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the potential to form neuroblasts. Under normal
circumstances, only a single cell from each cluster will
delaminate as a neuroblast. The cell that delaminates
to form the neuroblast continues to express the achaete
scute proneural genes, while all of the other cells in the
proneural cluster downregulate their expression of
achaete scute (Figure 1.25).
In experiments designed to determine whether
interactions among the cells were necessary for sin-
gling out one of the cells of the proneural cluster for
delamination as the neuroblast, Taghert et al. (1984)
used a laser microbeam to destroy the developing neu-
roblast at various times during its delamination
(Figure 1.28). They found that ablation of the delami-
nating neuroblast with a laser microbeam causes one
of the other cells in the cluster to take its place and
delaminate. These results led to the idea that the
expression of achaete scute genes, and hence neuroblast
potential, is regulated by a system of lateral inhibition.
The cell that begins to delaminate maintains its achaete
scute expression and suppresses proneural gene activ-
ity function in the other cells of the cluster. The other
cells then remain as epidermal cells, while the achaete
scute -expressing cell delaminates as the neuroblast.
The mechanisms by which the cell that ultimately
develops as the neuroblast is singled out from the
original cluster have been the subject of intensive inves-
tigation. Studies of this process have uncovered a
unique signaling pathway, which may underlie lateral
inhibitory processes in many regions of the embryo.
Molecules that act prominently in this process are the
Notch receptor and one of its ligands, Delta. Notch is a
large transmembrane protein characterized by an extra-
cellular portion with a large number of repetitive
domains, known as EGF-repeats because of their simi-
larity to the cysteine-bonded tertiary structure of the
mitogen epidermal growth factor, EGF. However,
despite this apparent structural similarity to an
extended peptide mitogen, Notch has no apparent mito-
genic activity, but rather acts to bind two ligands with
somewhat similar structures, Delta and Serrate (Fehon
et al., 1990). These proteins are expressed not only in the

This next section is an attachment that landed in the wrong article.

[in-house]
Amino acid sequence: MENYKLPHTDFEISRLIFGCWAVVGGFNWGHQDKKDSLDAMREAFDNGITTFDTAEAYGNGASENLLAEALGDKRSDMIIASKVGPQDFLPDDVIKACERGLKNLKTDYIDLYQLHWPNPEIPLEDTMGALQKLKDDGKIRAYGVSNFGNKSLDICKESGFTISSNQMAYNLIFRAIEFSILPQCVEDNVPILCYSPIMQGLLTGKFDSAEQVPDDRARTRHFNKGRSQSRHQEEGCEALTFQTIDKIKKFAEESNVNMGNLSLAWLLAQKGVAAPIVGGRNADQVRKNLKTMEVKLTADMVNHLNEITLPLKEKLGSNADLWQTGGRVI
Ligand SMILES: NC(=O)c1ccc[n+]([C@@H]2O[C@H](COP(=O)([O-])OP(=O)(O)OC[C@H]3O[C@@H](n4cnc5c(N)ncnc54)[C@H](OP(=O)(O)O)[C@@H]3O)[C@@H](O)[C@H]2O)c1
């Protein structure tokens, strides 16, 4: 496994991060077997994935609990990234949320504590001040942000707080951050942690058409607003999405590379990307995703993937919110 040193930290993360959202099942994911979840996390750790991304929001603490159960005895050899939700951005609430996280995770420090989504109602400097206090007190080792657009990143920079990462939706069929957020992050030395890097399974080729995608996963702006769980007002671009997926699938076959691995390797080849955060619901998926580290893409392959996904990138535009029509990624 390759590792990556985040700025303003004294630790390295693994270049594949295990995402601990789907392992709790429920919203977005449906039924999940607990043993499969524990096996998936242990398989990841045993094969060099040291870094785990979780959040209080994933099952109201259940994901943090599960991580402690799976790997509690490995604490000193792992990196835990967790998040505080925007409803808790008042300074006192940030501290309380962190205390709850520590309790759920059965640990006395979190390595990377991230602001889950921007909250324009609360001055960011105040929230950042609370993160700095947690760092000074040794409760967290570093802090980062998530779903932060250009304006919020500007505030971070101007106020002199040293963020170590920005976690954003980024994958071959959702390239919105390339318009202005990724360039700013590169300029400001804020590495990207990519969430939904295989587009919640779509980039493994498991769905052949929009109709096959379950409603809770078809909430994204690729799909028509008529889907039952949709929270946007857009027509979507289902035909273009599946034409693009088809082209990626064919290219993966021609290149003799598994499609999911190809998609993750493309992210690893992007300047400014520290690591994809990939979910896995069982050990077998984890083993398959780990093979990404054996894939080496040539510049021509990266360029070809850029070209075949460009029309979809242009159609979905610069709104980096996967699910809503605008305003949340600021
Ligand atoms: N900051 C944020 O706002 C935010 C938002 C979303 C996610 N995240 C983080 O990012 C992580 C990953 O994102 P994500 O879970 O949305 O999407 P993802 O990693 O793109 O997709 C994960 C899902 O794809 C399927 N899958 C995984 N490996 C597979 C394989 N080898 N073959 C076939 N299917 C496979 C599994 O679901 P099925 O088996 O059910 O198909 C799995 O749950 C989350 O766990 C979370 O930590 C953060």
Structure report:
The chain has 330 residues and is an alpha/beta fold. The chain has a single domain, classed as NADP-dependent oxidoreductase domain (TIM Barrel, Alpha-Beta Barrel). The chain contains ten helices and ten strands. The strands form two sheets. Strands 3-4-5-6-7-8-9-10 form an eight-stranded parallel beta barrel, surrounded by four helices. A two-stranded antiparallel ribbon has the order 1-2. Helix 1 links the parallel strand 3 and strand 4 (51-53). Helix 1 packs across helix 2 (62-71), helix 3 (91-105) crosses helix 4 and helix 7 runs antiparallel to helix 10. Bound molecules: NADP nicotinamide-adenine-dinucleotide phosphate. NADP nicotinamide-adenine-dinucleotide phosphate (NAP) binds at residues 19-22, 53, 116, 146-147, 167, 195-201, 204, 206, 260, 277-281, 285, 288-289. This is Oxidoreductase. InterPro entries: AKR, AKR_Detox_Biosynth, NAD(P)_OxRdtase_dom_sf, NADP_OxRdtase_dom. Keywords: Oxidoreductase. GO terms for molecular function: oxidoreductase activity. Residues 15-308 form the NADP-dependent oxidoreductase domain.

nervous system, but also in many other areas of the
embryo where lateral inhibitory interactions define
tissue boundaries. In fact, Notch and Delta, and the
additional ligand, Serrate, were named for their effects
on wing development, where lateral inhibition is also
mediated by these molecules and is necessary for the
proper development of wing morphology.
The Notch/Delta pathway is critical for singling out
the neuroblast from the proneural cluster, and the fate
of the cells in the neurogenic region depends on their
level of Notch activity. Low Notch receptor activity in
one of these cells causes it to become a neuroblast,
while high activity results in the cell adopting an epi-
dermal fate. In Notch null mutants, nearly all of the
cells in the neurogenic region become neuroblasts; as
a result, the Notch null embryos have defects in the
epidermis (Figure 1.26). A similar phenotype occurs in
Delta null mutants. Because of the phenotypes the
mutant animals show, the Notch and Delta genes have
been termed neurogenic . Of course, activation of this
system actually has the opposite effect and suppresses
neuroblast formation.
One model for how the Notch/Delta signaling
pathway mediates the lateral inhibitory interactions
among the cells of the proneural cluster is shown in
Figure 1.29. Central to this model is the idea that
achaete scute transcription factors the drive expression
of Delta . Initially, all of the achaete scute -expressing
cells also express an equal amount of Notch and
Delta (Hartly et al., 1987). If, by a stochastic process,
the central cell in the proneural cluster expresses
more achaete scute than the others, this cell will then
concomitantly express a higher level of Delta than the
other cells of the cluster. When the Delta in the central
cell activates Notch on the neighboring cells, it sup-
presses their achaete scute expression and further
downregulates their Delta expression, preventing
them from differentiating as neuroblasts. In this way,
only a single neuroblast develops from the proneural
cluster at a particular location in the fly.
How does Notch activation lead to the suppression
of achaete scute in a neighboring cell? In the past few
years a considerable amount of effort has gone into
working out the signal transduction cascade for the
Notch/Delta signaling system, and so a reasonable
answer can now be given to this question. The identi-
fication of the downstream signaling components of
Kill neuroblast
Drosophila
Mesoderm
Ectoderm
Neighboring
ectodermal cell
New neuroblast
Laser
FIGURE 1.28 Ablation of the delaminating neuroblast with a
laser microbeam directed to the ventral neurogenic region of the fly
embryo causes a neighboring ectodermal cell to take its place. This
experiment shows that the neuroblast inhibits neighboring cells
from adopting the same fate via the mechanism of lateral inhibition.
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